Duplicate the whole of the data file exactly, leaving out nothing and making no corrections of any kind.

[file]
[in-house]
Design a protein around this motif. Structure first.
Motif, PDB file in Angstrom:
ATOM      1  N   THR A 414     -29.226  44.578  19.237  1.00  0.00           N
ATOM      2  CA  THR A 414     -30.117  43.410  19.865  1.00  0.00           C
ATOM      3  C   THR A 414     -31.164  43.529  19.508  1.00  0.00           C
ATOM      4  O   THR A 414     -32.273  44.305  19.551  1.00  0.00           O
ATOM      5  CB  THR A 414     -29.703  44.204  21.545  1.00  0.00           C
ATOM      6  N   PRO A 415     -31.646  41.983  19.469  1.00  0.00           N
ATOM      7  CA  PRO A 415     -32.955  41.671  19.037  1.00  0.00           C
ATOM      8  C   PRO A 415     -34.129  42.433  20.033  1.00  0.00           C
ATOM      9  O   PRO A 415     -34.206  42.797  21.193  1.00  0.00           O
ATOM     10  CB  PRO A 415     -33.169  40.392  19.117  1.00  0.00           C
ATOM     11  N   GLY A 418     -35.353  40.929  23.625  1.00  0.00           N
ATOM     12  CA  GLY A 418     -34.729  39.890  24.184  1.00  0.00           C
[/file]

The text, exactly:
[in-house]
Design a protein around this motif. Structure first.
Motif, PDB file in Angstrom:
ATOM      1  N   THR A 414     -29.226  44.578  19.237  1.00  0.00           N
ATOM      2  CA  THR A 414     -30.117  43.410  19.865  1.00  0.00           C
ATOM      3  C   THR A 414     -31.164  43.529  19.508  1.00  0.00           C
ATOM      4  O   THR A 414     -32.273  44.305  19.551  1.00  0.00           O
ATOM      5  CB  THR A 414     -29.703  44.204  21.545  1.00  0.00           C
ATOM      6  N   PRO A 415     -31.646  41.983  19.469  1.00  0.00           N
ATOM      7  CA  PRO A 415     -32.955  41.671  19.037  1.00  0.00           C
ATOM      8  C   PRO A 415     -34.129  42.433  20.033  1.00  0.00           C
ATOM      9  O   PRO A 415     -34.206  42.797  21.193  1.00  0.00           O
ATOM     10  CB  PRO A 415     -33.169  40.392  19.117  1.00  0.00           C
ATOM     11  N   GLY A 418     -35.353  40.929  23.625  1.00  0.00           N
ATOM     12  CA  GLY A 418     -34.729  39.890  24.184  1.00  0.00           C